“This way looks pretty safe,” I say, marching ahead around the corner and straight into the trap: six, maybe seven Thai teenagers, eyes full of malice, fingers already on the triggers of their pistols.
I freeze. Behind me, my companions are backing away, about to take their chances ducking through heavy Bangkok traffic, but there’s no way I can outrun our assailants. There’s too many of them, they’ve got me cornered, and I’m wearing badly thought-out footwear. Few farang* are out in this part of the city tonight, and a pale-skinned blonde that’s fresh off the plane is a prime target.
One girl sniggers.
“Ah, come on,” I plead. “I’m not even armed!”
They edge closer.
My heart’s pumping pure adrenaline.
We stare each other out, one by one. All that’s missing now are a couple of cowboy hats and a Morricone soundtrack.
And then, with what is intended as a war cry but comes out as an embarrassingly girly squeal, I hurtle through the middle of the semi-circle, teenagers cackling with glee as they fire after me with their water guns and soak me with buckets of ice. As I trip, drenched, to the end of the soi, a tiny old man potters up to me and smears both my cheeks with white clay.
It’s my first night in Bangkok and I’ve landed in the final hours of Songkran, the water festival, or Thai New Year. Traditionally a Buddhist holiday in which people symbolically wash away the sins of the year before, in more recent years the festival has evolved into a country-wide waterfight and giant street party, with music playing and people dancing at every turn, kids running wild with water guns and even serene looking grannies sneaking up on unsuspecting tuktuk drivers with fire hoses.
When we stop for a bowl of fiery fish-ball soup from a street vendor, a whole family across the street – three generations of it, as far as I can tell – have shut up shop for the night and are dancing like maniacs to Rihanna songs, bumping and grinding against a lamppost and whooping at taxis that beep at them as they pass. When I pop across to ask directions to the nearest beer shop, a clay-caked middle-aged woman in hot pants jumps up mid slut-drop to point me breathlessly in the way of a 7-11 before, rather incongruously, putting her hands together in a traditional Thai bow.
It’s nuts, it’s exhilarating, and I’m thrilled to have caught the tail of it before the freshly washed streets return to business-as-usual early tomorrow morning. The city sweepers are already lining up, and in a few hours there will be no trace of the chaos at all.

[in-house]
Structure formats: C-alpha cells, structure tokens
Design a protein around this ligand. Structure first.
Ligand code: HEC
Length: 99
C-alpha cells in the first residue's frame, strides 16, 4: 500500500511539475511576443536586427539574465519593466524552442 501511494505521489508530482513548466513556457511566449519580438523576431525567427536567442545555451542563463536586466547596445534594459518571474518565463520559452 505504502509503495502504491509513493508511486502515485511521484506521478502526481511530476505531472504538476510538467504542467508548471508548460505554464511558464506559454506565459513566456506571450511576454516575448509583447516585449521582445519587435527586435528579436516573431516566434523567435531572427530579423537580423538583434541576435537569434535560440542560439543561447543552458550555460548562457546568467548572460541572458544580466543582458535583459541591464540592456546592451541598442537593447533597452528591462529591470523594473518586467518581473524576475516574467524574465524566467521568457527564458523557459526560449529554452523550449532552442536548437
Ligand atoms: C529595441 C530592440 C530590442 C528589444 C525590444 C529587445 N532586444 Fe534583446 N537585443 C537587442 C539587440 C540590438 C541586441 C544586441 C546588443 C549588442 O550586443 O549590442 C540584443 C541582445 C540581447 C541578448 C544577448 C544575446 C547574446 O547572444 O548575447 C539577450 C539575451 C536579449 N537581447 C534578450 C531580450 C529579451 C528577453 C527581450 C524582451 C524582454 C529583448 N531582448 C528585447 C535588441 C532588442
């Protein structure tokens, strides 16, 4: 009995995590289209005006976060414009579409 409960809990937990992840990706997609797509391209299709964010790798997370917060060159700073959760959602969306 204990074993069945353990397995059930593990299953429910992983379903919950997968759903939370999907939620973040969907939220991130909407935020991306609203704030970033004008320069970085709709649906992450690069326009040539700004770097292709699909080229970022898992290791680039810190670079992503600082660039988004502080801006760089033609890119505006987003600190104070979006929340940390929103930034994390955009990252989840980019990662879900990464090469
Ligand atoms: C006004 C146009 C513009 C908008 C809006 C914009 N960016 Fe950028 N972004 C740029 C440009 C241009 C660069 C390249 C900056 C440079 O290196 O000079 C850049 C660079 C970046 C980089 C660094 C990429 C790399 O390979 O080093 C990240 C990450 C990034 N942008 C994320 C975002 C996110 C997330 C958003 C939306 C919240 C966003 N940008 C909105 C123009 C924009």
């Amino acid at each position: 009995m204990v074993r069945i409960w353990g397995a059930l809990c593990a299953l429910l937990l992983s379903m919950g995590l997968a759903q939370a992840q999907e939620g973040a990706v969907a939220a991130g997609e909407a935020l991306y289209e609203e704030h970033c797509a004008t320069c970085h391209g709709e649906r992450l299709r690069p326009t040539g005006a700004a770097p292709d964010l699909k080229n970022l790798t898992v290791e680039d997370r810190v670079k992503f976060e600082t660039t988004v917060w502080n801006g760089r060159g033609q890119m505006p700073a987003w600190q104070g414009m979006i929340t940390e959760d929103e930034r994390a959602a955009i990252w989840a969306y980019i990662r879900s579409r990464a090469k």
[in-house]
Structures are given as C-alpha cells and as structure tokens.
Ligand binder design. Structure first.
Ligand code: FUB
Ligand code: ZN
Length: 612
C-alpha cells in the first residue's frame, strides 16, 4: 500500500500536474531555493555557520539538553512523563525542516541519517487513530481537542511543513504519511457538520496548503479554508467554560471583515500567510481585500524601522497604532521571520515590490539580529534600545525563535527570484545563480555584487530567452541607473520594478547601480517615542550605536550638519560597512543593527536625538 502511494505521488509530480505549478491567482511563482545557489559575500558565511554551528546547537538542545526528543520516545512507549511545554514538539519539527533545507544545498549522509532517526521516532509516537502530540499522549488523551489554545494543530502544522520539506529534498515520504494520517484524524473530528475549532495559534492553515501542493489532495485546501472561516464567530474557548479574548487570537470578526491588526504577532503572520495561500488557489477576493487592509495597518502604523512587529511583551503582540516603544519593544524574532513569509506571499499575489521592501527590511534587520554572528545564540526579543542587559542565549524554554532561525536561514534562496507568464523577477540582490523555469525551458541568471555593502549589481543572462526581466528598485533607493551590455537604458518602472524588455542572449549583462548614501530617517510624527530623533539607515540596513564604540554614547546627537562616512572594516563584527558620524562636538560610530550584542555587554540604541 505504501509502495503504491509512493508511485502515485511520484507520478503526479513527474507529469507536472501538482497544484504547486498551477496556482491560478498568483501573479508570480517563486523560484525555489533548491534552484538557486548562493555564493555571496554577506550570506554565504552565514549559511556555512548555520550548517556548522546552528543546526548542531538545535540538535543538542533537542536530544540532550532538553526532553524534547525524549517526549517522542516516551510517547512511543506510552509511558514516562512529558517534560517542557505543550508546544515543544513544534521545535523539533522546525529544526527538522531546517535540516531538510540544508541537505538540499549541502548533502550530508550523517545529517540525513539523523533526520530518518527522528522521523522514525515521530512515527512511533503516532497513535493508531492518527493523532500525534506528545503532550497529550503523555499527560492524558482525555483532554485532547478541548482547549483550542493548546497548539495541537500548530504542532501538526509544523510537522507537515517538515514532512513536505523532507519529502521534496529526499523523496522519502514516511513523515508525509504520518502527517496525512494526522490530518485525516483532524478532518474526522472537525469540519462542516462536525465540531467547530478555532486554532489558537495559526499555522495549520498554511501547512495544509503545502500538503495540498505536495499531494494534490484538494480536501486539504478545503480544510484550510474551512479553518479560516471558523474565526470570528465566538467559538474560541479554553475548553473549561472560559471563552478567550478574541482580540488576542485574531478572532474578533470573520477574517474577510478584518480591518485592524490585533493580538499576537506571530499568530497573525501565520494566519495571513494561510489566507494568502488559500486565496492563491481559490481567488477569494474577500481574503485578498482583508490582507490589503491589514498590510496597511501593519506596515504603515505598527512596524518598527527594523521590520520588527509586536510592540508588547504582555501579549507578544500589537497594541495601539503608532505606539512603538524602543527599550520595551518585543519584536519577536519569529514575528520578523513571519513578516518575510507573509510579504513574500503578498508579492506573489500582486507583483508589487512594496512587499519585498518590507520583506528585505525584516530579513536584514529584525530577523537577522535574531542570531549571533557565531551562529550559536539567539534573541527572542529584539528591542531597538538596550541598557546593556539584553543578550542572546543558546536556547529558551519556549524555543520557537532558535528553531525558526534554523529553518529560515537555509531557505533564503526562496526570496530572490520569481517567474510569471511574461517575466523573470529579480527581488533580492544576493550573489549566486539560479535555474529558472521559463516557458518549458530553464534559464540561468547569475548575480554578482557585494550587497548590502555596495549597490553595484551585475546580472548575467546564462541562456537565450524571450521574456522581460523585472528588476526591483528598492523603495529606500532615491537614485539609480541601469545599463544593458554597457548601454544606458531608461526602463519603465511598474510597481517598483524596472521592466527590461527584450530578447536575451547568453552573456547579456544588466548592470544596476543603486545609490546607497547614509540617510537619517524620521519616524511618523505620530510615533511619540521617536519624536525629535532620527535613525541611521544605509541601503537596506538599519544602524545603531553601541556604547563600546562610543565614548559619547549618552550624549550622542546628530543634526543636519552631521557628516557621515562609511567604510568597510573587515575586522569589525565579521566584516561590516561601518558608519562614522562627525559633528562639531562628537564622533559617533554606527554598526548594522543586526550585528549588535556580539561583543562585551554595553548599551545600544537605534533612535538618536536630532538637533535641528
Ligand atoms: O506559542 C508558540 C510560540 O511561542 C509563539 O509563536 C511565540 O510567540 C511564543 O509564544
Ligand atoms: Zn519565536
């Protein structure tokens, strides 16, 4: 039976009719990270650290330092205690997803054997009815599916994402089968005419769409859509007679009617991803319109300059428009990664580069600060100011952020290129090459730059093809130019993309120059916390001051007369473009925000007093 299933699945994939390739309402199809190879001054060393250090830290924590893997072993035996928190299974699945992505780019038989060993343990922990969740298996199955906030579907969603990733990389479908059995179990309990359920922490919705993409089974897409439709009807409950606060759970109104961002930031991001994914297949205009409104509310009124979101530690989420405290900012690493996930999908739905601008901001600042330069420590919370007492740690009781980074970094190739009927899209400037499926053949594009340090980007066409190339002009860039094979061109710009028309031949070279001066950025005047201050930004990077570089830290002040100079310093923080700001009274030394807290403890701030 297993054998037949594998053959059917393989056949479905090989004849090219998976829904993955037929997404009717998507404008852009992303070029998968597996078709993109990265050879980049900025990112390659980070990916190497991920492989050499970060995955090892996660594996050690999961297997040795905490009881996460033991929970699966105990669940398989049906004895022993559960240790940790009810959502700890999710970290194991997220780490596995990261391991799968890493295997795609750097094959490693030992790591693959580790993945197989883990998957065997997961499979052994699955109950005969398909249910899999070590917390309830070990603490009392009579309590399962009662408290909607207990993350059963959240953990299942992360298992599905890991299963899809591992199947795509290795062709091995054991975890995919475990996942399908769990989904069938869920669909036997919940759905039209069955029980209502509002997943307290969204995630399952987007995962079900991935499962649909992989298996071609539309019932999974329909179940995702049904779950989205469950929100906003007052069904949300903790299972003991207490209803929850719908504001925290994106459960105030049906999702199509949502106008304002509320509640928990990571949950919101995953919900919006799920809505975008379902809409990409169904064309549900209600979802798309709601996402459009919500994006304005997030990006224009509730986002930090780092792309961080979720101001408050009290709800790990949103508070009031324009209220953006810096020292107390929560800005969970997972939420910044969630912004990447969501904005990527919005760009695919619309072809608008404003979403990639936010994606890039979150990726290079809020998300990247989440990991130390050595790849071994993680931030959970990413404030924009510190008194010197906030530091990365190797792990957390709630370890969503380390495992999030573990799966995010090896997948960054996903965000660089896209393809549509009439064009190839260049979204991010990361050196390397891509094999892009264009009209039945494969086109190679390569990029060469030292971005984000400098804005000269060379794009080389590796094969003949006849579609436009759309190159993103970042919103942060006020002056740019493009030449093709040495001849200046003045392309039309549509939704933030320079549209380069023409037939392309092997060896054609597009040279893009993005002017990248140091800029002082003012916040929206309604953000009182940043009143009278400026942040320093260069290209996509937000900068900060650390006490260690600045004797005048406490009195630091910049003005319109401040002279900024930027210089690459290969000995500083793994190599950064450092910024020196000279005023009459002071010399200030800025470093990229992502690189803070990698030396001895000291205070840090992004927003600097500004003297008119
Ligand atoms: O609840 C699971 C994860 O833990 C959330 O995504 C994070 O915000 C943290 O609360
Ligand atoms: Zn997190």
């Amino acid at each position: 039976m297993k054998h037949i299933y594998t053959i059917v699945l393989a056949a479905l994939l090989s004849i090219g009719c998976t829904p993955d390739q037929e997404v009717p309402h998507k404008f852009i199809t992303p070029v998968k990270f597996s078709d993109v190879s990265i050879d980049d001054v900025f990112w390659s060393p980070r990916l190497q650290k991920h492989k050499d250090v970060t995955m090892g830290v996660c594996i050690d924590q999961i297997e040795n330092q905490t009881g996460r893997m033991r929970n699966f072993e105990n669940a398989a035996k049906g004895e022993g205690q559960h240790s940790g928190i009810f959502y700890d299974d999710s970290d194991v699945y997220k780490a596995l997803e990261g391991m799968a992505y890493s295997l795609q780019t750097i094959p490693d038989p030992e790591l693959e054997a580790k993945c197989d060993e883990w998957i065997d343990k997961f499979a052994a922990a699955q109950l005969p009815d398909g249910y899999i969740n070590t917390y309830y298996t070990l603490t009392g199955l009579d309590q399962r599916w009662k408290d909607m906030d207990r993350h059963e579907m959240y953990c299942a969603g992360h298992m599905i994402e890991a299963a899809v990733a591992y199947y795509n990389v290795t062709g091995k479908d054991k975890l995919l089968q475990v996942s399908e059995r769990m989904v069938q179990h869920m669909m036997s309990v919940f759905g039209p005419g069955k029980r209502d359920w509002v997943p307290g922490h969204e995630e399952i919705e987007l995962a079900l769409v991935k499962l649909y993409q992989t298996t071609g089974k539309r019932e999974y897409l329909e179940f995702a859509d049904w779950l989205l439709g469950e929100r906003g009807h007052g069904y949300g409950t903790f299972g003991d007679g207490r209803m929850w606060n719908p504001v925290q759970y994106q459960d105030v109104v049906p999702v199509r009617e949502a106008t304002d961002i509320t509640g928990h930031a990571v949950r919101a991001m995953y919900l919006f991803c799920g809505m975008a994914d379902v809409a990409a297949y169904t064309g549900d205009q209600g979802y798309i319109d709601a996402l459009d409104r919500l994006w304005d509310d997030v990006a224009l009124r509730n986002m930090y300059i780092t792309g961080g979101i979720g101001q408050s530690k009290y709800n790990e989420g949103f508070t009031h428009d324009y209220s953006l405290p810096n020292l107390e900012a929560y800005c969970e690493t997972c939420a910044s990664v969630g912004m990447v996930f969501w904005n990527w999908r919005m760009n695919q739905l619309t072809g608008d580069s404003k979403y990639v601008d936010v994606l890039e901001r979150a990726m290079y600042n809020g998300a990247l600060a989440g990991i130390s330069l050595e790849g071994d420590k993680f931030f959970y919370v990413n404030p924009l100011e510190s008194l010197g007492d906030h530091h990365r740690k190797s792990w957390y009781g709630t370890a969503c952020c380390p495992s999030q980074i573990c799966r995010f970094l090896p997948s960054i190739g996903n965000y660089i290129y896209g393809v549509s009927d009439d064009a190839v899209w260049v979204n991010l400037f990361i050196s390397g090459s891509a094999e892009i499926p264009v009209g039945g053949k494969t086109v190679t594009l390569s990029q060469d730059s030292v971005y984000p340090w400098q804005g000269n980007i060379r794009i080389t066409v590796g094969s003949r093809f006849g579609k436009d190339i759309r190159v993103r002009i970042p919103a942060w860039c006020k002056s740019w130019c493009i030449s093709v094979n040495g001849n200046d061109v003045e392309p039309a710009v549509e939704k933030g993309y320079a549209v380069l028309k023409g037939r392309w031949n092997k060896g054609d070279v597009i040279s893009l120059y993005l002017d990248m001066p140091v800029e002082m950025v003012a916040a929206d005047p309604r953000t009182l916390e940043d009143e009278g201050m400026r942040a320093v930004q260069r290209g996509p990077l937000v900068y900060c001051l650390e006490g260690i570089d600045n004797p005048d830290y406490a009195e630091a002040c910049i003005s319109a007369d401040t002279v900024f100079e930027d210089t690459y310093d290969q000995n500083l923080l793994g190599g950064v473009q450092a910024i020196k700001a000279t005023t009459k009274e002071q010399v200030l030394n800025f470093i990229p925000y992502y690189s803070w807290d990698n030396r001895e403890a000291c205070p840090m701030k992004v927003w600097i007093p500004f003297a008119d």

By the time my dorm-mates and I head home in the early hours, well-nourished on street food and Chang beer, I’m so thoroughly soaked that my make-up has washed clean off, my cigarettes have disintegrated in my pocket and I feel very much ready to make a clean start to my own New Year.
Until, that is, we get back to the hostel, where two men are seated at the tables outside, nursing beers in haunted silence.
“Are you alright?” I say, flopping into the next seat with a squelch.
“Not really,” says the first boy, a fellow Londoner. “I went to a Ping-Pong show.”
“It was just… really upsetting. And we were the only ones in the audience, so after every act, we’re just sitting there in silence, awkwardly clapping on our own. And then at the end, I gave the girl a load of extra money because I felt so awful about it all and she seemed really annoyed with me. I don’t think I gave her enough. And then I felt even worse.”
“Oh,” I say, a bit deflated.
“It was just horrible,” agrees his German friend.
Another man from the hostel, a Dutch guy, emerges with a beer in hand and hovers nearby, brooding into the road.
“You went to the Ping-Pong show too, right?” asks my dorm-mate.
“I’m really traumatised,” he nods, looking genuinely bewildered. “And to make it even worse, because we were the only ones there, all the ping-pong balls are flying at us, and I’m trying to bat them away, but one went in my drink. Right in my whisky! I’d just bought it! I was like, oh, man! Not the whisky!”
“Oh well,” I say. “Shall we get another round?”
Eight Thai whiskies, a bottle of rum, a bottle of tequila and many drunken stories later, we call it a night and I crawl into my bed in the spinning darkness and blink at my phone: 5.30am.
Hmm, I think to myself. I guess the “clean start” starts tomorrow.